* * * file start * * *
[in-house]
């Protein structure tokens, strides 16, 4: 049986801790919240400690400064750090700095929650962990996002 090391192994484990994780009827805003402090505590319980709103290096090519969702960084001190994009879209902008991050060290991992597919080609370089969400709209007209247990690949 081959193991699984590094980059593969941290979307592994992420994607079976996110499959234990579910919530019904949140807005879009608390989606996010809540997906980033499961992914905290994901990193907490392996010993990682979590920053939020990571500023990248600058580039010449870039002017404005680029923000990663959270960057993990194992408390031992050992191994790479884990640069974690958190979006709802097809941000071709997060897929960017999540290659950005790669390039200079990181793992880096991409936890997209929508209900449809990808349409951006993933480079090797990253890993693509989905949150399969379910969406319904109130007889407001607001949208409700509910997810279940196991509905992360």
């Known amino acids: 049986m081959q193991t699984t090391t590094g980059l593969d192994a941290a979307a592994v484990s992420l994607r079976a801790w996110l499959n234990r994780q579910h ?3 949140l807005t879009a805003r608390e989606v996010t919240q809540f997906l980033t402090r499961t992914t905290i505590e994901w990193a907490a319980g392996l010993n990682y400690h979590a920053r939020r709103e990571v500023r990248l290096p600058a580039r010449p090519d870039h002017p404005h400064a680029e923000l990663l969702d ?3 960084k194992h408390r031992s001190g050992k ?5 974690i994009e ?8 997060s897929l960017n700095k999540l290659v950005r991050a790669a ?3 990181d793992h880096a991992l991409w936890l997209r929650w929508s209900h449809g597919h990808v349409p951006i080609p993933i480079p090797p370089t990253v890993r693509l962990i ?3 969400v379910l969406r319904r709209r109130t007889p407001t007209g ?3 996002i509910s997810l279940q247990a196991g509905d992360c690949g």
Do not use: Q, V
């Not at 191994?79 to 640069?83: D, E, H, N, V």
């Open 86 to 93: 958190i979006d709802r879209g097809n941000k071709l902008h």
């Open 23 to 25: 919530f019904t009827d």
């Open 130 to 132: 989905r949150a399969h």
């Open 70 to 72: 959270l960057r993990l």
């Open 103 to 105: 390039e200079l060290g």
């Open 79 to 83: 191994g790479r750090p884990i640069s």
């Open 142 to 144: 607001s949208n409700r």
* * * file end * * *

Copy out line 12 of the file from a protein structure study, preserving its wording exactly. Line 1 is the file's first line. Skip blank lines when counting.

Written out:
């Open 142 to 144: 607001s949208n409700r």